NEW ORLEANS — Lawmakers could finally ban the maddening practice of surprise medical billing in Louisiana, but not without a fight from some doctors and the hospitals that hire them as independent specialists.
For the first time in 15 years, a comprehensive bill to protect patients from “balance billing” by out-of-network specialists has passed out of committee to the full state House of Representatives.
HB 283 by Rep. Raymond Crews, R-Bossier City, would require medical providers and health insurance plans to hold patients harmless for any costs charged by out-of-network providers at in-network facilities.
On the federal level, U.S. Sen. Bill Cassidy, R-La., is the lead sponsor on a bill with bipartisan support to prohibit balance billing nationwide.
According to The Commonwealth Fund, a nonprofit that advocates for affordable health care and against balance billing, 29 states have full or partial protections for consumers. Louisiana is not one of them.
Almost every year, lawmakers propose to do more, but the bills never make it out of committee.
Insurance Commissioner Jim Donelon calls balance billing a “racket” and “the greatest consumer abuse in the insurance world.” He said he tried to enforce a previous state law that banned surprise billing during emergency visits, only to have anesthesiologists, pathologists, radiologists and other ancillary providers call the law “socialist” and “un-American.” The Legislature soon repealed it.
Now, the only restriction on balance billing in Louisiana is that providers must disclose to patients that it could happen.
Crews told the House Insurance Committee on Tuesday about how little that disclosure did for him when his wife needed a procedure on her thyroid.
“When we go to check in, I make clear to the admin there, ‘Hey, I need to make sure everybody involved in this is in-network,’” Crews said. “And she told me, ‘Well, there’s no way to do that.’”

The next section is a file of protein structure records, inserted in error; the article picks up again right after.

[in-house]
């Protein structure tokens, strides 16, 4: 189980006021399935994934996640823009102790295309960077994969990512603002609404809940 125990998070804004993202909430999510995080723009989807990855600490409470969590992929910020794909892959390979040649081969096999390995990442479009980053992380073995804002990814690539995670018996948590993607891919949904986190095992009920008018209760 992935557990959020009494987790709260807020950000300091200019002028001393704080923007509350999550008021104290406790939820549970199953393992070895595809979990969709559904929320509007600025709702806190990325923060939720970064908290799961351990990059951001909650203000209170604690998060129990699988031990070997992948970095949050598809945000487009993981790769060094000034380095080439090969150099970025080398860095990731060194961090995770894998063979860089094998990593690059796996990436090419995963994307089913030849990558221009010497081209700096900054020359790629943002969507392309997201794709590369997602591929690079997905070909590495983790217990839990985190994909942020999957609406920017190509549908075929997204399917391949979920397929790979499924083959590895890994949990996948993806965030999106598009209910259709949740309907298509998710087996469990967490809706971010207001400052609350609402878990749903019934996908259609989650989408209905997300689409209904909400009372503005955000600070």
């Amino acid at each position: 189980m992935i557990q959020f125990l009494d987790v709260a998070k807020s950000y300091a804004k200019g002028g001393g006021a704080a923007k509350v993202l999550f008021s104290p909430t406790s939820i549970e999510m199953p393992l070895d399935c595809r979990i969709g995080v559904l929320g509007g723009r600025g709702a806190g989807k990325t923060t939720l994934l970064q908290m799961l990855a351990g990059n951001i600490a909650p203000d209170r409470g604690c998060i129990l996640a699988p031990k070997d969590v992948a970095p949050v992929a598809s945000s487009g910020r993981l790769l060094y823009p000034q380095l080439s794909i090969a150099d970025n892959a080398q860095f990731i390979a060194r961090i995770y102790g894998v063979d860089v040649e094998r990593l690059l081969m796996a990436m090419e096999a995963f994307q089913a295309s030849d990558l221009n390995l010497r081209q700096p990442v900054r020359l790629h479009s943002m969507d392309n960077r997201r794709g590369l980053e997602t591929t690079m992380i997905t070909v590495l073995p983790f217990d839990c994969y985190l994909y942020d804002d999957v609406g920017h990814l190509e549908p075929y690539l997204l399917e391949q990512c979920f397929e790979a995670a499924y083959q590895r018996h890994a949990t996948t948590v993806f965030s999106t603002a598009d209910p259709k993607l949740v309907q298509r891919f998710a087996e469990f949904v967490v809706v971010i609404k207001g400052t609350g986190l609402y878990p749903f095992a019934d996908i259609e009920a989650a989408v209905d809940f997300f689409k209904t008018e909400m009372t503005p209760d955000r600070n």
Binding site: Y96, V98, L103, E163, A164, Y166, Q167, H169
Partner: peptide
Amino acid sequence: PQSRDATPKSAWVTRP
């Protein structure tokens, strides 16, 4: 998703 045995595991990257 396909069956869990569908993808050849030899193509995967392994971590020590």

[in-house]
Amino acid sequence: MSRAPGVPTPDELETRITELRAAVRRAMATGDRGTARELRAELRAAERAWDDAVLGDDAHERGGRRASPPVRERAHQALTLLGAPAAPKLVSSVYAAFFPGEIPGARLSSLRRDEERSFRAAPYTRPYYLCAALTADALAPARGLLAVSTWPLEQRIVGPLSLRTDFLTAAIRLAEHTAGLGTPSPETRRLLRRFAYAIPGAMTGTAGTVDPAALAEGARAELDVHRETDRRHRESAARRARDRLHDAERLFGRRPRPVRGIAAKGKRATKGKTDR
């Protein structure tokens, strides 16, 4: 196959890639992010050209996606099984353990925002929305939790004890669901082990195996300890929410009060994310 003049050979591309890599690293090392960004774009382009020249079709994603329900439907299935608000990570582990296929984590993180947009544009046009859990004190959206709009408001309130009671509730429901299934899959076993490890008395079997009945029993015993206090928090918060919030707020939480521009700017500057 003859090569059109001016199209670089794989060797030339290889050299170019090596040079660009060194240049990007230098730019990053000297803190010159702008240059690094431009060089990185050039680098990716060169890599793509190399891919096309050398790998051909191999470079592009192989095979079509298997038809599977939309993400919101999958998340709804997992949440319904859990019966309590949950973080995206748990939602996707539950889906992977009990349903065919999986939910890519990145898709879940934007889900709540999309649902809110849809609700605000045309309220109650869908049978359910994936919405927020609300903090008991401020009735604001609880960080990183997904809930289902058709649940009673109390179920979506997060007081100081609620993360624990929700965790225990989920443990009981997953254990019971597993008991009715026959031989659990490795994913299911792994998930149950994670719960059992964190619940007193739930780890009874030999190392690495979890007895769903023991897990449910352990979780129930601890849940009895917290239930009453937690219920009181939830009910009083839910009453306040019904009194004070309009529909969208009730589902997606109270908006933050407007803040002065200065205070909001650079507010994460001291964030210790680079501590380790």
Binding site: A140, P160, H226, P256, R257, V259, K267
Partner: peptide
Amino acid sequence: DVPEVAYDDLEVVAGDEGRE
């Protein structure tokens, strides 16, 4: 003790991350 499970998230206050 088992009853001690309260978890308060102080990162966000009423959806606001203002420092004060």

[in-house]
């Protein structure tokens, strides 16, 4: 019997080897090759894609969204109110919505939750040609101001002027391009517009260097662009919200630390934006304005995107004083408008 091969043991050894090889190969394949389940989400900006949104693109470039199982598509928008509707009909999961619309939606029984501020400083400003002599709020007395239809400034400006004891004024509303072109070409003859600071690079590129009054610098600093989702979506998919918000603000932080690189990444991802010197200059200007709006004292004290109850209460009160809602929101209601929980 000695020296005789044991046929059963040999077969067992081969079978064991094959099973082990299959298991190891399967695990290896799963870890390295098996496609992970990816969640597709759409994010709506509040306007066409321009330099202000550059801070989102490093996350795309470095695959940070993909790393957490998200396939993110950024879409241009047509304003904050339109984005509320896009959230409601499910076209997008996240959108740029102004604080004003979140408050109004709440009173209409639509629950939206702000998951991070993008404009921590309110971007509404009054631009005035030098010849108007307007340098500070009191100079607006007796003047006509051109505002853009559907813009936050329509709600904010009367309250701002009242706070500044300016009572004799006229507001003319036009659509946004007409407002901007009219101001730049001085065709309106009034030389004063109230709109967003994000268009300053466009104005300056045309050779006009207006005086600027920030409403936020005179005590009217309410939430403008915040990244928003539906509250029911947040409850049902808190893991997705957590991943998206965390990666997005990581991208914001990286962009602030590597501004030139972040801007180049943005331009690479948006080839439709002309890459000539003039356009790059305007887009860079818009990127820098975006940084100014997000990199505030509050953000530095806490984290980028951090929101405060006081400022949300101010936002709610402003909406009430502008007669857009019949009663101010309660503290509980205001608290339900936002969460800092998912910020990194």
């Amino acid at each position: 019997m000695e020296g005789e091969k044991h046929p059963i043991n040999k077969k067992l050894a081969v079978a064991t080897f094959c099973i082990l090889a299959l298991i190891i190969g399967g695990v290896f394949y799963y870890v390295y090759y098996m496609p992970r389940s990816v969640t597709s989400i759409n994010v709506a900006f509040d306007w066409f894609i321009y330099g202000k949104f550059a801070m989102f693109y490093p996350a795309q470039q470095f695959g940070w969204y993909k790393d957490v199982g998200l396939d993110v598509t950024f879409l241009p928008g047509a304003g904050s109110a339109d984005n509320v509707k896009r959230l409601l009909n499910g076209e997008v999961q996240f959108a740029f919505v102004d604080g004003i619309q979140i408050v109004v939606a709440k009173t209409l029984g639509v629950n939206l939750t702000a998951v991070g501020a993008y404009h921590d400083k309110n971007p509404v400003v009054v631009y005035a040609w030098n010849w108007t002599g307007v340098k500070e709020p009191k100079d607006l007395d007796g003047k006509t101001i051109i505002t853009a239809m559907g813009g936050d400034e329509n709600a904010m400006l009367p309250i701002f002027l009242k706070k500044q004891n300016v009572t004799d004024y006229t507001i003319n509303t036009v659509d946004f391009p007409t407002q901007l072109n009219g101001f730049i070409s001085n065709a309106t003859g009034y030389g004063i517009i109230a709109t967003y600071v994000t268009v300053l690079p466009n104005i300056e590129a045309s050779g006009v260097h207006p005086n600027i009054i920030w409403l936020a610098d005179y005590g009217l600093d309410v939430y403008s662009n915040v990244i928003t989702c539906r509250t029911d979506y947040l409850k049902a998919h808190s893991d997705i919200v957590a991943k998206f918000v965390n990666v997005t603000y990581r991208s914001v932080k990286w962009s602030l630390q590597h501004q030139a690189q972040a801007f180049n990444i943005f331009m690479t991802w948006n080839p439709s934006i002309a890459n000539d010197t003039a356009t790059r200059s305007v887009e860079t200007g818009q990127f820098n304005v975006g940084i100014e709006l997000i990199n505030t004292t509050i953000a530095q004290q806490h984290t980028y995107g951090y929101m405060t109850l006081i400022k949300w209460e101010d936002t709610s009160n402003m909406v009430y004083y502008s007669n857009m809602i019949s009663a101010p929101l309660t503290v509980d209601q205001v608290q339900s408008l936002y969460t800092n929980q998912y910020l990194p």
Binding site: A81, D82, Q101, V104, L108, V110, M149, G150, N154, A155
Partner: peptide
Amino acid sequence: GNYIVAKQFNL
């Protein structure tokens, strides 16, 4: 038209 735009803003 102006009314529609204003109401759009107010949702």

He said that refocused him on the issue, and the Insurance Committee followed his lead, passing HB 283 to the House floor on an 8-3 vote Tuesday night.
The bill is scheduled for final passage Friday. If it passes the House, it would still need Senate approval by the end of the regular session June 1.
The bill is supported by the Louisiana Association of Health Plans, a group of health insurers that often get blamed for not covering the work performed by independent contractors.
“These specialty doctors make more money being out of network than being in network and that’s because they will hound and track down the consumer using credit agencies and credit bureaus, which in this time, in our economy, can lead to bankruptcy,” said Jeff Drozda, CEO of the LAHP.
The national trade association, American Health Insurance Plans, reports that anesthesiologists, pathologists, radiologists and emergency physicians have built lucrative businesses by signing contracts with hospitals and clinics without agreeing to accept the in-network reimbursement for their services.
The AHIP said those specialists often charge between four and six times the standard Medicare reimbursement rate.
The health plan groups are backing Crews’ bill because they’re tired of being blamed for the billing practices of doctors and medical groups who won’t join their networks.
“On the front end it needs to be negotiated that if you’re going to be in this facility, you need to be in-network,” Drozda said.
But Jennifer McMahon of the Louisiana Hospital Association argued lawmakers can’t force the doctors to accept those terms.
“You’re requiring an independent business person to accept a contract that they have not negotiated,” she told the House Insurance Committee on Tuesday.
Crews’ bill also calls on hospitals to pick up the balance of any charges above the in-network rate if they hire independent specialists. That would hurt hospitals financially, especially smaller, rural ones, McMahon said.
“Of course, this is one of the key concerns for us,” she said. “For hospitals to subsidize these docs is untenable.”
Some hospitals claim to not allow balance billing but do it anyway. In 2017, Ochsner CEO Warner Thomas told WWL-TV in an interview that Ochsner facilities “make sure … if we work with a physician at one of our facilities that they’re in-network because we want to make sure our patients don’t have out-of-network costs.”
At the same time, the station told the story of Lisa Ricks, a Gretna resident who went to an in-network Ochsner emergency department and got a surprise bill for $585 from Schumacher Clinical Partners, a Lafayette-based medical group now known as SCP Health.
Four days after WWL-TV inquired about Ricks’ bill, Schumacher Clinical Partners waived all charges.